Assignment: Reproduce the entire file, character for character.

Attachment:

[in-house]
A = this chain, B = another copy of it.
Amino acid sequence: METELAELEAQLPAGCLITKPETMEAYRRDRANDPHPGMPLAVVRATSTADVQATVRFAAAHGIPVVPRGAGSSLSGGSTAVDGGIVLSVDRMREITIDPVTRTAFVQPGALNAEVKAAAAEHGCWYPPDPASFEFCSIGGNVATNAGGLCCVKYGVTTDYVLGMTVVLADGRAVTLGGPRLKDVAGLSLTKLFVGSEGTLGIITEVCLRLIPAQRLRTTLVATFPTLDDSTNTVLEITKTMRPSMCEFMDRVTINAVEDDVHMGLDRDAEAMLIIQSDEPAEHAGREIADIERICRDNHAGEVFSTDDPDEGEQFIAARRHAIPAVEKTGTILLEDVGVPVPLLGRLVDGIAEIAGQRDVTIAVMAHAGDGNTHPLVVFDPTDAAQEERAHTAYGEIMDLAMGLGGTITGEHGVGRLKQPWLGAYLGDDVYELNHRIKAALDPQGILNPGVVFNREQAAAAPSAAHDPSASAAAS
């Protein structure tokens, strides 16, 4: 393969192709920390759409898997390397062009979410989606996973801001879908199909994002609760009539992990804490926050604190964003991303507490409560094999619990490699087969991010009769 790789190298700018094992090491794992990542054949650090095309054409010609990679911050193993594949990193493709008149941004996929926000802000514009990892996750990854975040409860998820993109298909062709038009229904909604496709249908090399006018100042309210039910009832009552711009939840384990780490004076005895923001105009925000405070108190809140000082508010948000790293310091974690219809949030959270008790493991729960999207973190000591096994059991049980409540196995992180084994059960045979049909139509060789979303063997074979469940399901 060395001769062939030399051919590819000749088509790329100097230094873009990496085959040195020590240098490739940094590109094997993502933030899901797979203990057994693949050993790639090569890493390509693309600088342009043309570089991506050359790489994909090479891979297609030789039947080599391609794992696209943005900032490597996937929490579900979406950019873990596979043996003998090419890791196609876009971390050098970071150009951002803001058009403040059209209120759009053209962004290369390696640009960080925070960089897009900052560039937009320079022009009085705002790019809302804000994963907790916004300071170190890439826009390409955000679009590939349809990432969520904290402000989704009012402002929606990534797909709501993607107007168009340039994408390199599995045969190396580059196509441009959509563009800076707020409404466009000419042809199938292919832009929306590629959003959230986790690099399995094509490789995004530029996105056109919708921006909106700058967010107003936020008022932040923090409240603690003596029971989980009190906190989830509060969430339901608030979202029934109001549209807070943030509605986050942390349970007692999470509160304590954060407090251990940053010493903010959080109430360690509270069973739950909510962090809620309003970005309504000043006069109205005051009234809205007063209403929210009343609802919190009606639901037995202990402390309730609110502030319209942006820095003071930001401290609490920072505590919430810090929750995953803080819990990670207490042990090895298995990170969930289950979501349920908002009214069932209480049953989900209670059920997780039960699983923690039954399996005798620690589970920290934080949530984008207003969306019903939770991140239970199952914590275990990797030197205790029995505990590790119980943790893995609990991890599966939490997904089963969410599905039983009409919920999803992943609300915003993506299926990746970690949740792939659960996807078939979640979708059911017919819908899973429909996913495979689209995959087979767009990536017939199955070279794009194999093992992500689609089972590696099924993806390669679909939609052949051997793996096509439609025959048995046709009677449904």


[in-house]
A = this chain, B = another copy of it.
Amino acid sequence: METELAELEAQLPAGCLITKPETMEAYRRDRANDPHPGMPLAVVRATSTADVQATVRFAAAHGIPVVPRGAGSSLSGGSTAVDGGIVLSVDRMREITIDPVTRTAFVQPGALNAEVKAAAAEHGCWYPPDPASFEFCSIGGNVATNAGGLCCVKYGVTTDYVLGMTVVLADGRAVTLGGPRLKDVAGLSLTKLFVGSEGTLGIITEVCLRLIPAQRLRTTLVATFPTLDDSTNTVLEITKTMRPSMCEFMDRVTINAVEDDVHMGLDRDAEAMLIIQSDEPAEHAGREIADIERICRDNHAGEVFSTDDPDEGEQFIAARRHAIPAVEKTGTILLEDVGVPVPLLGRLVDGIAEIAGQRDVTIAVMAHAGDGNTHPLVVFDPTDAAQEERAHTAYGEIMDLAMGLGGTITGEHGVGRLKQPWLGAYLGDDVYELNHRIKAALDPQGILNPGVVFNREQAAAAPSAAHDPSASAAAS
């Protein structure tokens, strides 16, 4: 393969192709920390759409898997390397062009979410989606996973801001879908199909994002609760009539992990804490926050604190964003991303507490409560094999619990490699087969991010009769 790789190298700018094992090491794992990542054949650090095309054409010609990679911050193993594949990193493709008149941004996929926000802000514009990892996750990854975040409860998820993109298909062709038009229904909604496709249908090399006018100042309210039910009832009552711009939840384990780490004076005895923001105009925000405070108190809140000082508010948000790293310091974690219809949030959270008790493991729960999207973190000591096994059991049980409540196995992180084994059960045979049909139509060789979303063997074979469940399901 060395001769062939030399051919590819000749088509790329100097230094873009990496085959040195020590240098490739940094590109094997993502933030899901797979203990057994693949050993790639090569890493390509693309600088342009043309570089991506050359790489994909090479891979297609030789039947080599391609794992696209943005900032490597996937929490579900979406950019873990596979043996003998090419890791196609876009971390050098970071150009951002803001058009403040059209209120759009053209962004290369390696640009960080925070960089897009900052560039937009320079022009009085705002790019809302804000994963907790916004300071170190890439826009390409955000679009590939349809990432969520904290402000989704009012402002929606990534797909709501993607107007168009340039994408390199599995045969190396580059196509441009959509563009800076707020409404466009000419042809199938292919832009929306590629959003959230986790690099399995094509490789995004530029996105056109919708921006909106700058967010107003936020008022932040923090409240603690003596029971989980009190906190989830509060969430339901608030979202029934109001549209807070943030509605986050942390349970007692999470509160304590954060407090251990940053010493903010959080109430360690509270069973739950909510962090809620309003970005309504000043006069109205005051009234809205007063209403929210009343609802919190009606639901037995202990402390309730609110502030319209942006820095003071930001401290609490920072505590919430810090929750995953803080819990990670207490042990090895298995990170969930289950979501349920908002009214069932209480049953989900209670059920997780039960699983923690039954399996005798620690589970920290934080949530984008207003969306019903939770991140239970199952914590275990990797030197205790029995505990590790119980943790893995609990991890599966939490997904089963969410599905039983009409919920999803992943609300915003993506299926990746970690949740792939659960996807078939979640979708059911017919819908899973429909996913495979689209995959087979767009990536017939199955070279794009194999093992992500689609089972590696099924993806390669679909939609052949051997793996096509439609025959048995046709009677449904």